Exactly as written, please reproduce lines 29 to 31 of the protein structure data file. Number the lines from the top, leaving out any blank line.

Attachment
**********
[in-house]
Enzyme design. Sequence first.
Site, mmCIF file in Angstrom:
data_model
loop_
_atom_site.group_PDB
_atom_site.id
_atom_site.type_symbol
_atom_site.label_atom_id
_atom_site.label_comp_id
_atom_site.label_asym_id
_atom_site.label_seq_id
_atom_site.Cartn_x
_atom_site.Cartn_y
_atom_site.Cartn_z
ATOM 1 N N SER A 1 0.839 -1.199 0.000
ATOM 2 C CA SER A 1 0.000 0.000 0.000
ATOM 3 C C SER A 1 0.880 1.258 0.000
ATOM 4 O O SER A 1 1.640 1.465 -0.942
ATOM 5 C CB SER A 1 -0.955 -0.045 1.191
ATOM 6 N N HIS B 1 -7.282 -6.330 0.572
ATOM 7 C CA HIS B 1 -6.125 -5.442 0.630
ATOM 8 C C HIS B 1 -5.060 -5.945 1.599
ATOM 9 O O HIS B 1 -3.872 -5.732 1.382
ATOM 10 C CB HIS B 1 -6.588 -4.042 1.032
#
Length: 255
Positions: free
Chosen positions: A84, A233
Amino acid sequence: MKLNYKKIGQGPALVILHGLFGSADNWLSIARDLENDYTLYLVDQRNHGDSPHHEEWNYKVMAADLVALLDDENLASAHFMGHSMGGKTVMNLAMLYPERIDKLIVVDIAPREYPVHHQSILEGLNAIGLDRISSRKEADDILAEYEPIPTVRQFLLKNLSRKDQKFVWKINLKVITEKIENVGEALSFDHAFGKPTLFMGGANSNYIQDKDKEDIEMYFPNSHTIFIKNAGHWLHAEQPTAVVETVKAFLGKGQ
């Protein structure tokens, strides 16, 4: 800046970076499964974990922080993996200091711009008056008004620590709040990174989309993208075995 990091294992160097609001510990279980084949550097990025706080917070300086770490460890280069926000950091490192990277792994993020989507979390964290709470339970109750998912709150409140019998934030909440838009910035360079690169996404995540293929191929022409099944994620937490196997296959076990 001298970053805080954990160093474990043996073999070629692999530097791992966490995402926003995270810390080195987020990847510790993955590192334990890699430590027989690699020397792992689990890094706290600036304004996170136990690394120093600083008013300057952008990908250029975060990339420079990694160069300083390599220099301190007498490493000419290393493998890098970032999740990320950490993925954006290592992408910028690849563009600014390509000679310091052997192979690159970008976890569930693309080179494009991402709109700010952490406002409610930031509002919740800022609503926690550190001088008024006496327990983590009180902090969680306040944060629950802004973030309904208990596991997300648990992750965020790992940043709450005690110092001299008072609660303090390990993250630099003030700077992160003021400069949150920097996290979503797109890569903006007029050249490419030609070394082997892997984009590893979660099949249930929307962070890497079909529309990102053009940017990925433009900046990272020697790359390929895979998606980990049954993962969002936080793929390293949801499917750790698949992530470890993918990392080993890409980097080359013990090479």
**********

Chosen positions: A84, A233
Amino acid sequence: MKLNYKKIGQGPALVILHGLFGSADNWLSIARDLENDYTLYLVDQRNHGDSPHHEEWNYKVMAADLVALLDDENLASAHFMGHSMGGKTVMNLAMLYPERIDKLIVVDIAPREYPVHHQSILEGLNAIGLDRISSRKEADDILAEYEPIPTVRQFLLKNLSRKDQKFVWKINLKVITEKIENVGEALSFDHAFGKPTLFMGGANSNYIQDKDKEDIEMYFPNSHTIFIKNAGHWLHAEQPTAVVETVKAFLGKGQ
């Protein structure tokens, strides 16, 4: 800046970076499964974990922080993996200091711009008056008004620590709040990174989309993208075995 990091294992160097609001510990279980084949550097990025706080917070300086770490460890280069926000950091490192990277792994993020989507979390964290709470339970109750998912709150409140019998934030909440838009910035360079690169996404995540293929191929022409099944994620937490196997296959076990 001298970053805080954990160093474990043996073999070629692999530097791992966490995402926003995270810390080195987020990847510790993955590192334990890699430590027989690699020397792992689990890094706290600036304004996170136990690394120093600083008013300057952008990908250029975060990339420079990694160069300083390599220099301190007498490493000419290393493998890098970032999740990320950490993925954006290592992408910028690849563009600014390509000679310091052997192979690159970008976890569930693309080179494009991402709109700010952490406002409610930031509002919740800022609503926690550190001088008024006496327990983590009180902090969680306040944060629950802004973030309904208990596991997300648990992750965020790992940043709450005690110092001299008072609660303090390990993250630099003030700077992160003021400069949150920097996290979503797109890569903006007029050249490419030609070394082997892997984009590893979660099949249930929307962070890497079909529309990102053009940017990925433009900046990272020697790359390929895979998606980990049954993962969002936080793929390293949801499917750790698949992530470890993918990392080993890409980097080359013990090479």